During recent months, much has been said about President Obama’s economic policies. The GOP have relentlessly claimed his ‘reckless’ spending spree is making matters worse. The Republican presidential nominee, Mitt Romney thinks the government is spending too much, and is failing to create any new jobs. With less than a month before election day Romney still hasn’t given us any concrete plans on how he plans to remedy this situation.
Let us start with Romney’s own statements. He has said that his budget plan would produce new jobs by cutting taxes and reducing the deficit – but he has yet to explain how exactly he’s going to achieve this. A recent article in the Economic Policy Institute (EPI) by Andrew Fieldhouse and Josh Bivens states that Romney’s math simply doesn’t add up, meaning he is never going to fulfill his promise of creating 12 million jobs. In fact, his budget proposal would lead to an overall loss of 554,000 jobs by 2014. And, if he is going to revoke the Affordable Care Act, cut Medicaid spending and block grants, the results will be devastating. The EPI article is thorough and concise, and paints a pretty bleak picture of not only Romney’s math but his ‘vision’ for economic growth.
On the other hand, back in June the Nobel prize winning economist Joseph Stiglitz told Bloomberg that President Obama “Recognizes the need to stimulate the economy”. Rich Miller’s excellent Bloomberg piece quoted Stiglitz as saying that “The election of Mitt Romney as president in November would ‘significantly’ raise the odds of a recession because it would herald a shift to a much tighter budget.”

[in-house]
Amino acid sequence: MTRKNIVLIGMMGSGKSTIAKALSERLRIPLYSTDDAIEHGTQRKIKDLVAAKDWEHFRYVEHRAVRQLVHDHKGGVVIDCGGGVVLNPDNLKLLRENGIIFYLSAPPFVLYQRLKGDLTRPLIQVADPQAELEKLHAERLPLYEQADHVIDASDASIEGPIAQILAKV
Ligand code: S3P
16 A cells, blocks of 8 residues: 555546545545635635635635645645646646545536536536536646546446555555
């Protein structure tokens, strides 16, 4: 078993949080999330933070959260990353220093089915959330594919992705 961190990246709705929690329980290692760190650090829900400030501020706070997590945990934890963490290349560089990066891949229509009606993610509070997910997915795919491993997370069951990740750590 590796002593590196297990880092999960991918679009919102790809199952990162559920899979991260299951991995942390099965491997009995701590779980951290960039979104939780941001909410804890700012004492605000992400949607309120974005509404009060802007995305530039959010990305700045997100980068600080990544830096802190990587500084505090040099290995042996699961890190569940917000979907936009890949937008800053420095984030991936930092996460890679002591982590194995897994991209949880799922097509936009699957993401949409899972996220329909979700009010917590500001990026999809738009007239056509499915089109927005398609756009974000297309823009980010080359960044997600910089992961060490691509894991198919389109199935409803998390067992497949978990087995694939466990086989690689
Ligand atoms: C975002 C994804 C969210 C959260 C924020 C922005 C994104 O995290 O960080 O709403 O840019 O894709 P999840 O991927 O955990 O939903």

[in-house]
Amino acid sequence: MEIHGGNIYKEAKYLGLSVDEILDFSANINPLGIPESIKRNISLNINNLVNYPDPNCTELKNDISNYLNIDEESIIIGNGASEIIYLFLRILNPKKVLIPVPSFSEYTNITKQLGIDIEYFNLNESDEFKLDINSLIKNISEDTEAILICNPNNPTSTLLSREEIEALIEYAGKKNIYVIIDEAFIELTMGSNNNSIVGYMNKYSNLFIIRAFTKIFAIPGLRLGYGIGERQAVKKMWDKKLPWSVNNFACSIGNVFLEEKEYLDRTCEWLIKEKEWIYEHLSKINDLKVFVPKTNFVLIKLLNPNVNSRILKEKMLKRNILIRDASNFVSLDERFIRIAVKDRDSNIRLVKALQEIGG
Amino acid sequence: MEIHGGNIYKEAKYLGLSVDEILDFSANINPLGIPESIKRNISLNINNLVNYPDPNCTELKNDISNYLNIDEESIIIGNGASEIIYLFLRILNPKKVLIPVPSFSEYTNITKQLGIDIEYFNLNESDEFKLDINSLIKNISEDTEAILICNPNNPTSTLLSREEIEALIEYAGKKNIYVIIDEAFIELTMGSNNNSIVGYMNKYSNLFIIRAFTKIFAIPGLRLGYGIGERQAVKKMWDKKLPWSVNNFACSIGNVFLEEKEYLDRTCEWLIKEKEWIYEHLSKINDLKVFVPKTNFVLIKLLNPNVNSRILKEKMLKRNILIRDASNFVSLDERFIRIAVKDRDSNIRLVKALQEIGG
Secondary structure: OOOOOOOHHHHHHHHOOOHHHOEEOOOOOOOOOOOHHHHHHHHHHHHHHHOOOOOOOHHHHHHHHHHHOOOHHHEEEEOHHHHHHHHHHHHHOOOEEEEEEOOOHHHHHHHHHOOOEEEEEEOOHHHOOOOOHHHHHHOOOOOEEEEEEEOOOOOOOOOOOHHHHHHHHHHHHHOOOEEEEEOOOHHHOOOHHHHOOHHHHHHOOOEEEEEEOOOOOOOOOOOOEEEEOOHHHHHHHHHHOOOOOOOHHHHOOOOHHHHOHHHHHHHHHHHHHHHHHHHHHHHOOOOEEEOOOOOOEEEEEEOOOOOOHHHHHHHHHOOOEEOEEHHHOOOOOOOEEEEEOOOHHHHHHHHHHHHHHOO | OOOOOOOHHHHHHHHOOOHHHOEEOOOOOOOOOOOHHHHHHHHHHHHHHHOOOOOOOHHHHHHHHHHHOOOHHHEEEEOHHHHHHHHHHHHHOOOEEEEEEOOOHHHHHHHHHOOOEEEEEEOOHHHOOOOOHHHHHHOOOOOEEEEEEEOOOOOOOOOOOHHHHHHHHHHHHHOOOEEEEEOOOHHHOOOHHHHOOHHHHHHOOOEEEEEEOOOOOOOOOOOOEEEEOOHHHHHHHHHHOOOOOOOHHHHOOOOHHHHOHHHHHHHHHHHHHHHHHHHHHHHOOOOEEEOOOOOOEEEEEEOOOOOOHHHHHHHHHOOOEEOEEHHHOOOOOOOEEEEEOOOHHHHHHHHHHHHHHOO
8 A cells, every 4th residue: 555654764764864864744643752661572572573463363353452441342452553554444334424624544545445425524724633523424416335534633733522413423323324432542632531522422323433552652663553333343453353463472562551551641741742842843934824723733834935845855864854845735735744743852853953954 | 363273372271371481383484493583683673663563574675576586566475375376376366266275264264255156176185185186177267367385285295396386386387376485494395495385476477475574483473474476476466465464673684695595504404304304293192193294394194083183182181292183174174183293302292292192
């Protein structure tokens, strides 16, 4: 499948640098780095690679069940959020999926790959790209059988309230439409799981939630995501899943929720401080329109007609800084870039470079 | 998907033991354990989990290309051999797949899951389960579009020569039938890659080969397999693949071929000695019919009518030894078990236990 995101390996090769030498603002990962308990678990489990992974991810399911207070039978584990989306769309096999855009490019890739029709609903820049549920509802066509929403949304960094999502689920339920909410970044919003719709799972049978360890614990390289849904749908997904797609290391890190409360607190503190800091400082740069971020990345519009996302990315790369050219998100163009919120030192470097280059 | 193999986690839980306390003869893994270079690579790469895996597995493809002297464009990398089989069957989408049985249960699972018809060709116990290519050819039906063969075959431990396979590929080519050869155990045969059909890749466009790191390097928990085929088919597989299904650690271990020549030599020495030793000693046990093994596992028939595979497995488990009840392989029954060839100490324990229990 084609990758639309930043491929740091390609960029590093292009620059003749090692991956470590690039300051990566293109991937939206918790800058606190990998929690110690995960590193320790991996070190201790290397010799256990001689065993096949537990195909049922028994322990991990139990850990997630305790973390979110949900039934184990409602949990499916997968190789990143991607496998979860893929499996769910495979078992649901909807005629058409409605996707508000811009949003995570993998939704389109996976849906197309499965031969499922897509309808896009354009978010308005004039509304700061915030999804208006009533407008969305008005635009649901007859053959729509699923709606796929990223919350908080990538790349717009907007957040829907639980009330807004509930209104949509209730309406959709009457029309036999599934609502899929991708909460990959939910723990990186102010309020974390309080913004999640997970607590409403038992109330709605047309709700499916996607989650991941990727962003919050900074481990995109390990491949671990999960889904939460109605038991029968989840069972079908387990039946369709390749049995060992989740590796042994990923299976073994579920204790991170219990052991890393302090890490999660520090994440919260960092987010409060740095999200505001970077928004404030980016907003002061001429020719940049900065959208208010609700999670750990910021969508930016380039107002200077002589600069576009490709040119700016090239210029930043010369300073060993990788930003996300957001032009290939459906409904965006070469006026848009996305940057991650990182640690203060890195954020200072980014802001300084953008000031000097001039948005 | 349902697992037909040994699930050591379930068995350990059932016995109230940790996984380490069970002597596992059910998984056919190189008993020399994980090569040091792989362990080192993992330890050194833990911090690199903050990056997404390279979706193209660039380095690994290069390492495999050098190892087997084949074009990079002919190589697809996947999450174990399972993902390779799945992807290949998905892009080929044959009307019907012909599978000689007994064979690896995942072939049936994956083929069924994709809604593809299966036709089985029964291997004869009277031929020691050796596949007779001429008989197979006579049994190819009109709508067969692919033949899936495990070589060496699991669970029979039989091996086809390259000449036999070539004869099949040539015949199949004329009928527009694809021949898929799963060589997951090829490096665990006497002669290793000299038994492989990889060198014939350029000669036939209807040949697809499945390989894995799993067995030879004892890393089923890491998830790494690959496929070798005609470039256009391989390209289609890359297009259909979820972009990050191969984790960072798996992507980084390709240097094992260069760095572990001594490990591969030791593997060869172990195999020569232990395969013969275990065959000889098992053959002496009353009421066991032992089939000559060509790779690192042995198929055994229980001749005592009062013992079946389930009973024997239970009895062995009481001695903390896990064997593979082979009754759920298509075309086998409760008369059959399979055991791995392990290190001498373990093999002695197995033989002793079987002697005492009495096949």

What is becoming more of a concern is that the American electorate may actually believe Romney’s claims. President Obama has acknowledged that federal spending has gone up. Why he doesn’t make more of the fact that it has increased at the lowest pace in 60 years seems a little odd. At this crucial stage of the election campaign President Obama should be shouting from the rooftops that he is the pragmatist who saved the country from another Great Depression. Maybe after his relatively poor performance in the first Presidential Debate President Obama will be better equipped in the second debate?
If President Obama takes a stand against Romney’s half truths and three quarter lies next week the electorate may finally take some notice. We all know that the ill-fated ‘trickle down economics’ didn’t work in the 1980s and won’t work again. Maybe President Obama should remind the electorate that the Bush Administration created our record deficit during those terrible 8 years, mainly by funding the two longest wars in our history. He could also mention that his Keynesian economic policies are in fact working, just like FDR’s did in the 1930s. President Obama needs to come out as the clear winner in the last two Presidential Debates. Quizzing Romney about why he won’t share his plan to ‘fix’ the economy would be a good starting point.